DR JOHN BOEREBOOM says the increasing pass rates are masking concerns around the quality of the mix of achievement standards taken by different students to achieve NCEA.
NCEA pass rates at all levels have been steadily increasing in the past few years and last year hit an unprecedented high with 83.5 per cent of 18-year-olds achieving NCEA Level 2. To continue this trend, the Ministry of Education has been set the Better Public Service Target that by 2017, 85 per cent of young people will have achieved NCEA Level 2.
Since NCEA is a standards-based system, the increase in the rates of qualification attainment means that students are gaining credits in more achievement standards than ever before and presumably must be progressing faster, learning better and developing more new skills each year.
On the surface this appears very encouraging and bodes well for our education system. However, the 85 per cent target is a global summative indicator and does not reflect the quality of the mix of achievement standards taken by different students to achieve NCEA.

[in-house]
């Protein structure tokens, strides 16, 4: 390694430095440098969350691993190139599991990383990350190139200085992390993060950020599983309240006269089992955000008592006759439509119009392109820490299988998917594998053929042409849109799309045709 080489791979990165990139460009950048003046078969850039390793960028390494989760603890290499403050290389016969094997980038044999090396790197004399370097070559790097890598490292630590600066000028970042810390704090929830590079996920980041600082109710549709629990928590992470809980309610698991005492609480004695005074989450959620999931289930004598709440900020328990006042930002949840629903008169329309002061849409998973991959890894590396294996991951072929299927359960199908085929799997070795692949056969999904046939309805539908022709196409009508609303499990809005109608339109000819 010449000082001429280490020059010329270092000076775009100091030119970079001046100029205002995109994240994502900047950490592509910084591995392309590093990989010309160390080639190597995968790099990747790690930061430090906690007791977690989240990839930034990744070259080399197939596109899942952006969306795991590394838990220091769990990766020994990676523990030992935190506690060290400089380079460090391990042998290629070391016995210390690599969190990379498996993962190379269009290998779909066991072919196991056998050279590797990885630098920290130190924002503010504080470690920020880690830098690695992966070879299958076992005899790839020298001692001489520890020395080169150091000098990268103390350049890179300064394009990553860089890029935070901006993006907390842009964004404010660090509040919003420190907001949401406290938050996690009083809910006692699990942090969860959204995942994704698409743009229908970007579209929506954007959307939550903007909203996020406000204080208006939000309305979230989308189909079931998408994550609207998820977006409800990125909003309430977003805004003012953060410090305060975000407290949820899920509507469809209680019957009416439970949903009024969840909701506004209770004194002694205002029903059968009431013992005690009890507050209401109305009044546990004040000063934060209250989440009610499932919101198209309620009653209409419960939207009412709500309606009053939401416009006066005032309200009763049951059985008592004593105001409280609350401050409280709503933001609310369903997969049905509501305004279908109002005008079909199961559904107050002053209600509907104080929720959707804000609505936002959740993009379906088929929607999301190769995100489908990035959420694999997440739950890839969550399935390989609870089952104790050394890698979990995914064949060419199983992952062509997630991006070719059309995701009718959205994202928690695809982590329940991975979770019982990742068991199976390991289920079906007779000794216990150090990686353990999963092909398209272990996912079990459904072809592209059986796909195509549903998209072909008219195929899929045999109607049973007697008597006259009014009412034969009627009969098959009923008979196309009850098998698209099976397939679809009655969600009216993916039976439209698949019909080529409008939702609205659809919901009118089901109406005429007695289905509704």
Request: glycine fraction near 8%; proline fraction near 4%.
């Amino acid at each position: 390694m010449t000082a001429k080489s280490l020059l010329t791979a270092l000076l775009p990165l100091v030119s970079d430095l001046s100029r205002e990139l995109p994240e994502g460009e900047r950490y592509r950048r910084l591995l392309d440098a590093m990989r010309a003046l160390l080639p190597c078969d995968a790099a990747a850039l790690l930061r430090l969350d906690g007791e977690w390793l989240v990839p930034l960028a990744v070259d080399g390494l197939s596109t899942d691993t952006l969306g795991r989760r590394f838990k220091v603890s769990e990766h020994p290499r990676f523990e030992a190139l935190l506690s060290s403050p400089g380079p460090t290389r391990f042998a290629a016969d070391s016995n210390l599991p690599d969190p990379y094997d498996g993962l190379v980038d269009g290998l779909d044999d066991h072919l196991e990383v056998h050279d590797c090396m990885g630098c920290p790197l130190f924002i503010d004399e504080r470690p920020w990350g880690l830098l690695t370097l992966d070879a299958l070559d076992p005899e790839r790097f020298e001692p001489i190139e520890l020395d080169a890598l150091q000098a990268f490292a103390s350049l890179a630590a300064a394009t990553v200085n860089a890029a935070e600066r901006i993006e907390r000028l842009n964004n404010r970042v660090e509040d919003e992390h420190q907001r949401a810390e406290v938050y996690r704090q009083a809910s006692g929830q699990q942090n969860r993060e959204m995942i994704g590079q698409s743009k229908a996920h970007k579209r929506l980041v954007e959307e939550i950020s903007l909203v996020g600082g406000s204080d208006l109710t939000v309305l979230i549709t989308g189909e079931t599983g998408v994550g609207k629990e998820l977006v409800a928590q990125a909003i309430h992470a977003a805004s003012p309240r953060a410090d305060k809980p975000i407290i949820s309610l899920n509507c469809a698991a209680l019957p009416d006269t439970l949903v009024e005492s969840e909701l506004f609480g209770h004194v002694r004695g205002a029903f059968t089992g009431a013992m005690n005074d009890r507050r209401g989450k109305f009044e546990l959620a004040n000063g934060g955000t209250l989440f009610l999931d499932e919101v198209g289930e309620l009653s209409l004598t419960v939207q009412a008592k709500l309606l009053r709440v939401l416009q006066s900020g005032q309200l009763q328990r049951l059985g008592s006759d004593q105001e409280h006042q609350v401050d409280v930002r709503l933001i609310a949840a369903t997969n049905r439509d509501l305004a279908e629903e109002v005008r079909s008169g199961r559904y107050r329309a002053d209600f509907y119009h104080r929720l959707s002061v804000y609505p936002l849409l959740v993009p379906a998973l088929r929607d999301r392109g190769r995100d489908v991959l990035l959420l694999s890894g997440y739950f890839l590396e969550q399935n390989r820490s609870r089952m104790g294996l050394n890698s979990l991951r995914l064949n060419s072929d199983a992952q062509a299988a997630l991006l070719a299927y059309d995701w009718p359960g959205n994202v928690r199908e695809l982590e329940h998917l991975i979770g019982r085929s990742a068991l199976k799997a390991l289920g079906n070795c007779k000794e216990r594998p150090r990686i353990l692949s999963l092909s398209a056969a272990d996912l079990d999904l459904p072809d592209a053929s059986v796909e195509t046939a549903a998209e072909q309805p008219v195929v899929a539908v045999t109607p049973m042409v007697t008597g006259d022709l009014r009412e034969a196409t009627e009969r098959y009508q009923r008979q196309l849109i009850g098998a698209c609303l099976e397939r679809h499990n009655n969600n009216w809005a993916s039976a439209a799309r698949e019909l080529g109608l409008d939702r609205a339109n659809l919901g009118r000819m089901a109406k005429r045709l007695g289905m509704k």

This raises the question of whether all students, regardless of socioeconomic background or ethnicity, share equitably in this success story.
A recent analysis of 2015 NCEA results carried out by the NZ Herald shows that Māori, Pasifika and low-decile students were less likely to take academic subjects than Pākehā, Asian and high-decile students and were more likely to be enrolled in internally assessed unit standards, core generics and vocational subjects. Analysis of the data showed that only 45 per cent of Māori students from decile 1 schools were enrolled in academic subjects at Level 2. The NCEA Level 2 pass rate is subsidised by non-academic subjects like barista, service industry and life skills training. From 1 April 2016, students can even earn New Zealand Qualifications Framework (NZQF) credits by obtaining a learner’s, restricted or full driver’s licence.